# Exists Ordinal Greater than Set of Ordinals

## Theorem

Let $S$ be a set of ordinals.

Then there exists an ordinal greater than every element of $S$:

If $S$ contains a greatest ordinal $\alpha$, then $\alpha^+$ is greater than every element of $S$
If $S$ does not contain a greatest ordinal, then $\bigcup S$ is greater than every element of $S$.

## Proof

Suppose $S$ contains a greatest ordinal $\alpha$.

Because $\alpha^+$ is greater than $\alpha$ by definition, it follows a priori that $\alpha^+$ is greater than every element of $S$.

$\Box$

Suppose $S$ does not contain a greatest ordinal.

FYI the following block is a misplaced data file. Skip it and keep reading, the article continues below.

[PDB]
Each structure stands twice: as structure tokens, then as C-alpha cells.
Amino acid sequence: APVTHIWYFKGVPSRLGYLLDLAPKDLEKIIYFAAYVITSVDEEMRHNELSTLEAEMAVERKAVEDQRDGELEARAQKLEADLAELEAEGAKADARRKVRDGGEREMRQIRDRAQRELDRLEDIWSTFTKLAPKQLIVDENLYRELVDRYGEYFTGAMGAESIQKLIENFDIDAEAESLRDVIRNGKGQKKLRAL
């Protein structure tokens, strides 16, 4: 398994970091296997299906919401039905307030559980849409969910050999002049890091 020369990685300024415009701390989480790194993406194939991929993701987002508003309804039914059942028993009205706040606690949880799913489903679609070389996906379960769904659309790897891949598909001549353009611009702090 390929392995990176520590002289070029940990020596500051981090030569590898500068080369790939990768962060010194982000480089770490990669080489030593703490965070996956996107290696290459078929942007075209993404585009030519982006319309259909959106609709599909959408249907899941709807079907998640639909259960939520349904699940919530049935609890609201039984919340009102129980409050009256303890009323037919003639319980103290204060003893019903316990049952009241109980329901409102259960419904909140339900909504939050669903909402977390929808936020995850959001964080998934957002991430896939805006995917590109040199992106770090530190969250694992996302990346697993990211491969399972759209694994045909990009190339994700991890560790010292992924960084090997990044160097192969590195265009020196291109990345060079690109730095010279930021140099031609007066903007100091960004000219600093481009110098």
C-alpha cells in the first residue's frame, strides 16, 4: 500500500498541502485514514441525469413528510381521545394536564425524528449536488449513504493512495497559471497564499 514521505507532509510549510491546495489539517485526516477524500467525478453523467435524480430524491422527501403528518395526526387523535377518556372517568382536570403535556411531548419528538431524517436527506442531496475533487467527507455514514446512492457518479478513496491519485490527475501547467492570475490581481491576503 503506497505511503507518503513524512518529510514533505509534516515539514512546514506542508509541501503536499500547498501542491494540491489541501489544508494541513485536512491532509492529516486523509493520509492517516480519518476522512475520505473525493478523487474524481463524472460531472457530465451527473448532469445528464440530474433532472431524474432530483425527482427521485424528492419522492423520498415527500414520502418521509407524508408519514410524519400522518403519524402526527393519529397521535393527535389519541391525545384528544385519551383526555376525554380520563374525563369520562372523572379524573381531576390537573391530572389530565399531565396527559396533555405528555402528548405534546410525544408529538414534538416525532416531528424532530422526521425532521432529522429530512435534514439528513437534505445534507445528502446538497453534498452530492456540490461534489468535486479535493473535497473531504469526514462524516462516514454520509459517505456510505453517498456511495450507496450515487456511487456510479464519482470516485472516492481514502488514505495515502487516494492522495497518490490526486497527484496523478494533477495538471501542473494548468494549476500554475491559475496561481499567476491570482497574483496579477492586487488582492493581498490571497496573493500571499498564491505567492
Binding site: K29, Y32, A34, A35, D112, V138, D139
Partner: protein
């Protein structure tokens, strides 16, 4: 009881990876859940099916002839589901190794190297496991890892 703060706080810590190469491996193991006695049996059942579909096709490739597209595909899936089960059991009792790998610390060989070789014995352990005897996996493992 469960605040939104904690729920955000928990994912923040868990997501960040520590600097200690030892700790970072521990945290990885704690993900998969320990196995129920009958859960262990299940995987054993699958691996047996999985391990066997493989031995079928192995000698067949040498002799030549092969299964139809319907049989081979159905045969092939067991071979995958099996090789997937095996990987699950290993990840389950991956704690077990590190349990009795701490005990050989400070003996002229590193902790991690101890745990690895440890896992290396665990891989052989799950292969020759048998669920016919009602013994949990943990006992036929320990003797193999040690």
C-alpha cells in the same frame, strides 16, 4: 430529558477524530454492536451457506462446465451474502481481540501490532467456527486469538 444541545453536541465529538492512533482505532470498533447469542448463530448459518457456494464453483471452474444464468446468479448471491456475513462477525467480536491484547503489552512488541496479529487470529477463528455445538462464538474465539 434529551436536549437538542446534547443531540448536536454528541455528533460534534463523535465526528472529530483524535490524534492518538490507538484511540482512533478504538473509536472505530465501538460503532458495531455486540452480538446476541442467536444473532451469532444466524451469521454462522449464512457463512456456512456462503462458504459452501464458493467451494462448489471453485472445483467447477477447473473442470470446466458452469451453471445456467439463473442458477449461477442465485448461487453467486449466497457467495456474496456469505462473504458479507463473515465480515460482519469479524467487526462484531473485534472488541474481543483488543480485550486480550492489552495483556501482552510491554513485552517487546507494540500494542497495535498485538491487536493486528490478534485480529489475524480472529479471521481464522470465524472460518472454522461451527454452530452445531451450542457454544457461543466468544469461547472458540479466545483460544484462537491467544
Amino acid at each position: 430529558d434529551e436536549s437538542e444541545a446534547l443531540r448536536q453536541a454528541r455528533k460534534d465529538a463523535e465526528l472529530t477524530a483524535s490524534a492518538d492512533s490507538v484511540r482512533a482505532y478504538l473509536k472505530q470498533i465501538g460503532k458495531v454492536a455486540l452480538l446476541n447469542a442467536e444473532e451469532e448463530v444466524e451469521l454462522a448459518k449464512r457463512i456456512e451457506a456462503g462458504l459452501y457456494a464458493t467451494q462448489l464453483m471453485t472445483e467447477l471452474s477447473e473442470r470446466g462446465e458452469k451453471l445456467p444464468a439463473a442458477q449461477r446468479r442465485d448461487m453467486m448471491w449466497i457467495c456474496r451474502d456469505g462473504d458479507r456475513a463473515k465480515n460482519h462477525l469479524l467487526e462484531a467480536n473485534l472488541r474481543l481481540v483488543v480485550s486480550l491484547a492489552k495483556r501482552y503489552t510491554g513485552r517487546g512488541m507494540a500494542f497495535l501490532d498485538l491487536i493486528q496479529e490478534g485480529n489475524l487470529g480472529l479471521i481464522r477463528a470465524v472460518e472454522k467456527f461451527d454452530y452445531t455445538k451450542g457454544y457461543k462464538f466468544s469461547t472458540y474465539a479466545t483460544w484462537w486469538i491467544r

Consider the union $\bigcup S$ of $S$.

If $\bigcup S \in S$ it would be the greatest element of $S$.

Hence $\bigcup S \notin S$.

Let $\alpha \in S$.

Then:

$\alpha \ne \bigcup S$

But:

$\alpha \subseteq \bigcup S$

and so:

$\alpha \subsetneqq S$

From Union of Set of Ordinals is Ordinal, $\bigcup S$ is an ordinal.

Hence by definition of the usual ordering on ordinals:

$a < \bigcup S$

Thus $\bigcup S$ is greater than every element of $S$.

Hence the result.

$\blacksquare$